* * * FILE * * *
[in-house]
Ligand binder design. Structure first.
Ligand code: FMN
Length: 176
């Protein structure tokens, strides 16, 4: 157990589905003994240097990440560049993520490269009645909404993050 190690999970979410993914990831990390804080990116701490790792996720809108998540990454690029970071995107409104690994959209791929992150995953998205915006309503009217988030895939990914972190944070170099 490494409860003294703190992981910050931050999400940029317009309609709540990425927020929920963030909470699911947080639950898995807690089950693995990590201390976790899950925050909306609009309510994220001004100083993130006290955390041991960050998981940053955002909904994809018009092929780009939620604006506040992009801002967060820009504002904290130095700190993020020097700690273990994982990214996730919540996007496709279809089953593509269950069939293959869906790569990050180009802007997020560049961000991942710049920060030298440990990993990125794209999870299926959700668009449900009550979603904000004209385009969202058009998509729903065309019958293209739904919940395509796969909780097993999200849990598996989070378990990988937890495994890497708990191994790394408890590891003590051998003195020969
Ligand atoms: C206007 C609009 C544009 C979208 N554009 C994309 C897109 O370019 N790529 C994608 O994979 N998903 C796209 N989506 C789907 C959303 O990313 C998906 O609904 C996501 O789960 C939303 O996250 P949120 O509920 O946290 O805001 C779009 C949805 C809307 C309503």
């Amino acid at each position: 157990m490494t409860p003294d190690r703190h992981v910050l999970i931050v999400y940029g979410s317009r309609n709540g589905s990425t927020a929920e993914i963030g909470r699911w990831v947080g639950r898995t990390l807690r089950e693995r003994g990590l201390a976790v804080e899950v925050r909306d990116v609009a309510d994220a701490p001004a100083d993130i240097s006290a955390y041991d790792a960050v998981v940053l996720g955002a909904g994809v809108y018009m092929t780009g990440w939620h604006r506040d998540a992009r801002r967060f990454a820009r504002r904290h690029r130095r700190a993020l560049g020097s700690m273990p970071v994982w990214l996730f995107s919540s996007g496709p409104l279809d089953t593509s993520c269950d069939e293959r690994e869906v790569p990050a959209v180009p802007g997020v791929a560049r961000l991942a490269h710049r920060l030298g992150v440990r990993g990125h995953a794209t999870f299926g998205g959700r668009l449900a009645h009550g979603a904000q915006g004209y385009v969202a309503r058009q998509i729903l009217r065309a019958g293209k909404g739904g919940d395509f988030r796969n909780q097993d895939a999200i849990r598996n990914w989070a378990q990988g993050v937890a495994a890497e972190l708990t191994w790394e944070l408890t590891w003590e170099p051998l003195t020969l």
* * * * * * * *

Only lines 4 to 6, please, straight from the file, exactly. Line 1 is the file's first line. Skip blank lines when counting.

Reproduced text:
Length: 176
């Protein structure tokens, strides 16, 4: 157990589905003994240097990440560049993520490269009645909404993050 190690999970979410993914990831990390804080990116701490790792996720809108998540990454690029970071995107409104690994959209791929992150995953998205915006309503009217988030895939990914972190944070170099 490494409860003294703190992981910050931050999400940029317009309609709540990425927020929920963030909470699911947080639950898995807690089950693995990590201390976790899950925050909306609009309510994220001004100083993130006290955390041991960050998981940053955002909904994809018009092929780009939620604006506040992009801002967060820009504002904290130095700190993020020097700690273990994982990214996730919540996007496709279809089953593509269950069939293959869906790569990050180009802007997020560049961000991942710049920060030298440990990993990125794209999870299926959700668009449900009550979603904000004209385009969202058009998509729903065309019958293209739904919940395509796969909780097993999200849990598996989070378990990988937890495994890497708990191994790394408890590891003590051998003195020969
Ligand atoms: C206007 C609009 C544009 C979208 N554009 C994309 C897109 O370019 N790529 C994608 O994979 N998903 C796209 N989506 C789907 C959303 O990313 C998906 O609904 C996501 O789960 C939303 O996250 P949120 O509920 O946290 O805001 C779009 C949805 C809307 C309503």